FINAL DIAGNOSIS: Pasteurella multocida peritonitis
More than 24,000 people in the United States are on peritoneal dialysis (PD). Peritonitis is a common cause of morbidity and the most common cause of peritoneal dialysis failure. PD-associated peritonitis is usually monomicrobial in contrast to the polymicrobial nature of other forms of peritonitis. Gram-positive cocci from the skin are the most common organisms followed by gram-negative organisms. If bowel perforation is involved, the peritonitis will most likely be polymicrobial with gram-negative organisms and anaerobes. No organisms may grow in up to 30% of cases possibly due to early empiric antibiotic treatment.
Organisms in the genus Pasteurella are primarily animal pathogens but can cause disease in humans. Pasteurella multocida is the species most commonly encountered in human hosts. Human disease usually manifests as local infection resulting from an animal bite (usually cats). Patients may present with cellulitis, abscess, or osteomyelitis. Pasteurella infection may also present as a respiratory tract infection with pneumonia, empyema, or lung abscess. Colonization of the bronchial tree in patients with chronic pulmonary disease is not uncommon. Finally, systemic infection such as peritonitis, meningitis, bacteremia, or endocarditis may occur.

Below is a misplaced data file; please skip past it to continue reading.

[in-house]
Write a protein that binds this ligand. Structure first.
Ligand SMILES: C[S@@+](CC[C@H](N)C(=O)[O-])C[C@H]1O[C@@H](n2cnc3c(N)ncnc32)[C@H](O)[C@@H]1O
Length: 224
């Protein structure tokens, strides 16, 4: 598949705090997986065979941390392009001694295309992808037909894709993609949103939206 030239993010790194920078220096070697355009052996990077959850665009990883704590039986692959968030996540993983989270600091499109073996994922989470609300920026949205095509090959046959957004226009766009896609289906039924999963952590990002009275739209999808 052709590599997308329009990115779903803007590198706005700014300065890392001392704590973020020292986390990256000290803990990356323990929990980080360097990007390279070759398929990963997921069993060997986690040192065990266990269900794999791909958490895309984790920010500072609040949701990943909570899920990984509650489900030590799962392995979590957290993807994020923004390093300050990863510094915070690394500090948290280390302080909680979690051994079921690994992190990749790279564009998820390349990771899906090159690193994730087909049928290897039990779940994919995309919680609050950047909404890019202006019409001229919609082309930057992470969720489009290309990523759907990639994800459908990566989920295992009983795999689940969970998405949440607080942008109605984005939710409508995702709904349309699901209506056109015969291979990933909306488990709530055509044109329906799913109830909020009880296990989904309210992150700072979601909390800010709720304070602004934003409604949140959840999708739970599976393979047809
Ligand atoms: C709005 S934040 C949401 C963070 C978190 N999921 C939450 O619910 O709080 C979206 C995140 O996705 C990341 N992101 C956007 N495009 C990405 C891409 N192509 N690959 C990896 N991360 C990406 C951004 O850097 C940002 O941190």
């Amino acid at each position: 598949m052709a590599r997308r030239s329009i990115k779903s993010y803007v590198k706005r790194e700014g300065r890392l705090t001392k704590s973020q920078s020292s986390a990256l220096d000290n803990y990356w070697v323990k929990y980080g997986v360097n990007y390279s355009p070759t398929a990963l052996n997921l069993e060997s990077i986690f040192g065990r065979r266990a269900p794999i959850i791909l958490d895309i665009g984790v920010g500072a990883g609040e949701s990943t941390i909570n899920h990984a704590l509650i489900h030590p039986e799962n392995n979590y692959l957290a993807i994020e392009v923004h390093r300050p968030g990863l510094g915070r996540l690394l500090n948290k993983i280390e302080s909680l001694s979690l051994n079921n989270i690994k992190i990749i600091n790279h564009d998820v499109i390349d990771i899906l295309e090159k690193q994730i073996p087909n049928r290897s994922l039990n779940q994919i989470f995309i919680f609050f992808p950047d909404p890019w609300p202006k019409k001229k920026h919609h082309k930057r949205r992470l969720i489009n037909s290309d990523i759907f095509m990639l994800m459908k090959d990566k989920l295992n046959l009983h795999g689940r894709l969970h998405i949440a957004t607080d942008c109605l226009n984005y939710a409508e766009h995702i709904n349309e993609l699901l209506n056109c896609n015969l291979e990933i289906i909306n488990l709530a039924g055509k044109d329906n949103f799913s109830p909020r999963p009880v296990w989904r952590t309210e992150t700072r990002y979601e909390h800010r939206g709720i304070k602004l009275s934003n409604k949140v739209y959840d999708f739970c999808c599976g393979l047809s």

Pasteurella multocida are aerobic, non-motile, ovoid or rod-shaped gram-negative cocco-bacilli with bipolar staining. They can be very pleomorphic on smears of exudates suggesting mixtures of Haemophilus and Neisseria species. A capsule may be evident. Specific virulence factors in humans have not been identified. They grow best on media containing blood and form small, non-hemolytic, gray colonies. The organism cannot grow on MacConkey agar. Media containing vancomycin, clindamycin, and/or amikacin have been used for selective growth. There are five capsular serogroups and sixteen O antigen serotypes known.
PD-associated peritonitis with Pasteurella multocida is quite uncommon with less than twenty cases reported in the literature. It appears to be more common in patients on continuous cycling peritoneal dialysis. In half of the reported cases, gram stain of the peritoneal fluid was not revealing. Cats were the suspected source in 100% of the cases. A domestic cat had punctured the dialysis tubing with evidence of leaking in 69% of the cases. Close contact with cats was noted in 25% of the cases, and in only one case the presence of a cat in the house was the only association. Cats have also been associated with peritonitis caused by other organisms such as Neisseria pharynges, Staphylococcus hominis, and Capnocytophaga canimorsus. Pasteurella multocida peritonitis may be much more prevalent than currently reported. When considering the frequent administration of empiric antibiotics and the fact that approximately 60% of American homes have at least one domestic pet, it is possible that many of the culture negative cases of PD-associated peritonitis could be caused by Pasteurella multocida. Patients on peritoneal dialysis should be educated about the risk of acquiring an infection from their pets and should be advised to keep pets away from peritoneal dialysis equipment. Frequent hand washing, especially after handling pets, should be emphasized.
Contributed by James T Edinger, MD and A William Pasculle, ScD